Only a couple of weeks after releasing their first new song in over a decade, The Mars Volta have given fans a second taste of their forthcoming album with “Graveyard Love”. Check out the new song over on the band’s BandCamp page and watch the accompanying short film below.
Earlier this week, the band unveiled a digital version of L’YTOME HODORXÍ TELESTERION, the immersive cube that first appeared in Los Angeles ahead of the release of lead single “Blacklight Shine”. Aside from experiencing the cube in AR form, fans were guided on a digital scavenger hunt, finding pieces of the “Graveyard Love” cover art.
The song shows The Mars Volta continuing their evolution while providing fans with a diverse look into their new sound. Lead single “Blacklight Shine” fully embraced a Latin-pop fusion with driving bongo percussions and choppy salsa-laced guitars all backed by vocalist Cedric Bixler-Zavala’s Spanish storytelling. “Graveyard Love” slows it down a touch with eery synths and bass tones shimmering behind a mysterious ballad before the beat picks up and Cedric’s “I don’t want to remember…” mantra battles a swirling retro synth. While describing the story behind the song, Cedric says “They will seek your ruin, and burn your lands, because if they can’t have you, no one can.”
Just like the short film for “Blacklight Shine”, this new film also takes place in Puerto Rico. The video highlights small elements of life and culture on the island, with a focus on the people. A couple minutes into the film, the song plays before fading out and allowing the video to continue to show life on the island. In the description, there is a historical timeline of many of the natural and man-made events that hindered Puerto Rico’s advances toward independence with the final entry reading “2022 STILL A COLONY.” Coupled with this film, the mysterious lyrics of the song try to paint a picture of Puerto Rican life rich in culture, yet dark and oppressed in history.
The Mars Volta have always been a mysteriously complex band with their musical compositions, vocal story-telling, and imagery. Each of their six previous albums are prog-rock odysseys with deeply emotional stories and extremely dense and layered instrumentals. Hailed as a masterpiece by devoted fans and music critics, their 2003 debut album De-Loused In The Comatorium reshaped what progressive, post-hardcore, and art-rock could be in the new millennium.
Omar and Cedric have fronted several bands together (At The Drive-In, The Mars Volta, and Antemasque) and Omar has more than 50 albums credited to his various solo projects. Their collective music has evolved and cycled for over 25 years as a parade of extraordinarily talented musicians joined the backing bands for all of these various projects. Not all of these projects were fully realized into albums and tours, but in the 2010s the Omar Rodríguez-López Group was reborn. Several tours with large and small bands occurred and in 2016 Rodríguez-López cleared the backlog by releasing one album a week for months.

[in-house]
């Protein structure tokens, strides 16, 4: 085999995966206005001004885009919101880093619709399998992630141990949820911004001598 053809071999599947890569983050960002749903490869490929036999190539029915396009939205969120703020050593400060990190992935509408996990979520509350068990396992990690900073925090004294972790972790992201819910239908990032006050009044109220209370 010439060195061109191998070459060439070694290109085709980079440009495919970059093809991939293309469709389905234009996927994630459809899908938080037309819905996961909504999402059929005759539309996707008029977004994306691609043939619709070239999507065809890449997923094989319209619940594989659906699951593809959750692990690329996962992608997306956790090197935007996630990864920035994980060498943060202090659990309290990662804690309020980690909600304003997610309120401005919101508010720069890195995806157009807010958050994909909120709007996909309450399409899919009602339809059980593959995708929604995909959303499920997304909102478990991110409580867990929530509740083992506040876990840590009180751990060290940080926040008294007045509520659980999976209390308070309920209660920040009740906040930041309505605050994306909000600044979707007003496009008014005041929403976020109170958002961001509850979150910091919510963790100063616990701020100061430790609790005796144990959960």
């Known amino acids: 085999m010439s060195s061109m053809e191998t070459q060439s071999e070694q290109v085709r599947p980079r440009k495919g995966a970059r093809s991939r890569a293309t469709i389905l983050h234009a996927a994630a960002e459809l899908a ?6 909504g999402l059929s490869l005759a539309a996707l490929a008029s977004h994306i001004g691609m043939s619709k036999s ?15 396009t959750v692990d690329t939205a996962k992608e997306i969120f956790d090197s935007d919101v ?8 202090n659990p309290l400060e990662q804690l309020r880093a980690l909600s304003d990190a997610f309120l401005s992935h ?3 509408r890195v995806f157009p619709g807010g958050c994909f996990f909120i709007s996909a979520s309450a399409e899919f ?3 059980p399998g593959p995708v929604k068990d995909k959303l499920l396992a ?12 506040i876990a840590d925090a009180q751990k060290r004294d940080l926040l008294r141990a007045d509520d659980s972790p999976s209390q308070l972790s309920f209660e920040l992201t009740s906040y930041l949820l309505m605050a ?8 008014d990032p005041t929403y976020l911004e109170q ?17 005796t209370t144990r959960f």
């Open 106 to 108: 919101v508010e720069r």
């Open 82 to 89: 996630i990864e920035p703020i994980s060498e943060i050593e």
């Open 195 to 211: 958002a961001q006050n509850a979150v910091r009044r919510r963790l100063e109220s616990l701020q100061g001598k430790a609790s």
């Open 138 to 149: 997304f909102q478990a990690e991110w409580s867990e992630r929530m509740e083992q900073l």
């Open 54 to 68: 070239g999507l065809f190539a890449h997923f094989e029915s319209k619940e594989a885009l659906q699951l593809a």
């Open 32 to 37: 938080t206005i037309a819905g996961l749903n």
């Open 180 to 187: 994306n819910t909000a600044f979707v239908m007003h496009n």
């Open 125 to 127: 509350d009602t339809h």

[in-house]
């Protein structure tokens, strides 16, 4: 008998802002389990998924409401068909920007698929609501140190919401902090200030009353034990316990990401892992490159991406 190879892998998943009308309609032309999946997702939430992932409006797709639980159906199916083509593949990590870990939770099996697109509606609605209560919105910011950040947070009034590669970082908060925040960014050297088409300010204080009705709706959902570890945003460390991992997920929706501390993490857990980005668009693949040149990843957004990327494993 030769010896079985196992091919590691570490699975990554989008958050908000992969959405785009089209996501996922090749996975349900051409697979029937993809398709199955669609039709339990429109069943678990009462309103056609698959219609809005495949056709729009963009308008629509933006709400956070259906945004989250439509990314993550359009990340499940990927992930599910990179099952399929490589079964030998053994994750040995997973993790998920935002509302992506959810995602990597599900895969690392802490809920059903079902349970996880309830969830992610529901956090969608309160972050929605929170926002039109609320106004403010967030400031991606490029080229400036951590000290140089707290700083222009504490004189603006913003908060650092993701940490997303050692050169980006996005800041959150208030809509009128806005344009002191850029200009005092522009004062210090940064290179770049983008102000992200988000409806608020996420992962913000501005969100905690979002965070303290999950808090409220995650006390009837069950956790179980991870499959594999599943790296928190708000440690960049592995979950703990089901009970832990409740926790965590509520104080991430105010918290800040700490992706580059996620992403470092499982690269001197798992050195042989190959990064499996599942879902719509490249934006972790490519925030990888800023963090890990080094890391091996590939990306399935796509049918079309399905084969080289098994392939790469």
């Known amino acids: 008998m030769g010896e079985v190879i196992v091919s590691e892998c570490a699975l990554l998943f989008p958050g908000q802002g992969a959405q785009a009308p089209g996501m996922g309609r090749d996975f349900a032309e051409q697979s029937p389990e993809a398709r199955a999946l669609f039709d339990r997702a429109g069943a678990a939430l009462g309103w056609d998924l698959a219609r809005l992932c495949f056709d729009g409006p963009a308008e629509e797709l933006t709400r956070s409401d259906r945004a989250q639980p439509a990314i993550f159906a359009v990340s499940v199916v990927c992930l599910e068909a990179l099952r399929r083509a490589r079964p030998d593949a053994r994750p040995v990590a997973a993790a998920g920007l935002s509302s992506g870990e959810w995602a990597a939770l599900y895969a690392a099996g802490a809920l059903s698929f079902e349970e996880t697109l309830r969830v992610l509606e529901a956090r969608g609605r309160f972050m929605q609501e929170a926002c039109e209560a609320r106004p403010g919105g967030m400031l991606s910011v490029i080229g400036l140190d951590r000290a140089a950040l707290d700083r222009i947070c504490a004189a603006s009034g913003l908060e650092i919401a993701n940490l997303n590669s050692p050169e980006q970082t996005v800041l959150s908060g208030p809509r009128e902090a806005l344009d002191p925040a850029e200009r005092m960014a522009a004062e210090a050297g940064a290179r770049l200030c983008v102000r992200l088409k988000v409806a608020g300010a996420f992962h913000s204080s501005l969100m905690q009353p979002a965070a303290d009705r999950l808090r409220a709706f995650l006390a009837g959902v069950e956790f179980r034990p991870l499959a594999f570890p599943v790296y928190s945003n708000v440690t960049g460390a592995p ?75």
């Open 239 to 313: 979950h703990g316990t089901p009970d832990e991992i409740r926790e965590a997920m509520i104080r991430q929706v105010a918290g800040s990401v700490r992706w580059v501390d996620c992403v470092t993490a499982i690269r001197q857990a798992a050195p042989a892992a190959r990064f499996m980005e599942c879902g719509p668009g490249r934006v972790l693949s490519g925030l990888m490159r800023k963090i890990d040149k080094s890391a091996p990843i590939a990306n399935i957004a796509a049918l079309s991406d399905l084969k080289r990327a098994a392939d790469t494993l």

The Mars Volta was quite consistent with their first four LPs up until Octahedron was released in 2009. Described by Omar as the band’s “acoustic album,” Octahedron is the shortest of the catalog and did see a sharp change in sound, favoring acoustic guitars and ballads while surrounding them with layered prog-rock bangers. Noctourniquet came three years later which also attempted to bring something new to the mix. With shorter and more accessible song structures, the band crafted a futuristic and psychedelic landscape backed by the loosest and most avant-garde drumming style courtesy of Deantoni Parks.
While details for the yet-to-be-named seventh album have not been announced, it is clear from the lead singles that The Mars Volta are about to release the most unique part of their discography. Currently in the music industry, we are being inundated with legacy and long-standing bands putting out new music to mixed results. What has become clear is that bands who try and reinvent their debuts often release mediocre albums that fade away quickly after release. The Mars Volta on the other hand, are trying to write music that reflects where the band is in 2022. Rather than revisiting 15-minute long, mind-numbingly complex prog-rock screamers, Omar and Cedric are embracing their Latin-pop roots and reimagining it with modern flare. While on first listen “Blacklight Shine” and “Graveyard Love” seem alien to Volta die-hards, the more you dig in the more classic Volta elements you hear under the surface. After a decade-plus hiatus The Mars Volta have returned, matured by age but as rooted as ever.
The band kicks off their reunion tour in late September, with their first show in 13 years happening in Dallas, Texas at The Factory in Deep Ellum. The Mars Volta will be in New York City for two sold-out shows at Terminal 5 on September 29th and 30th. Head over to the band’s website for full tour details.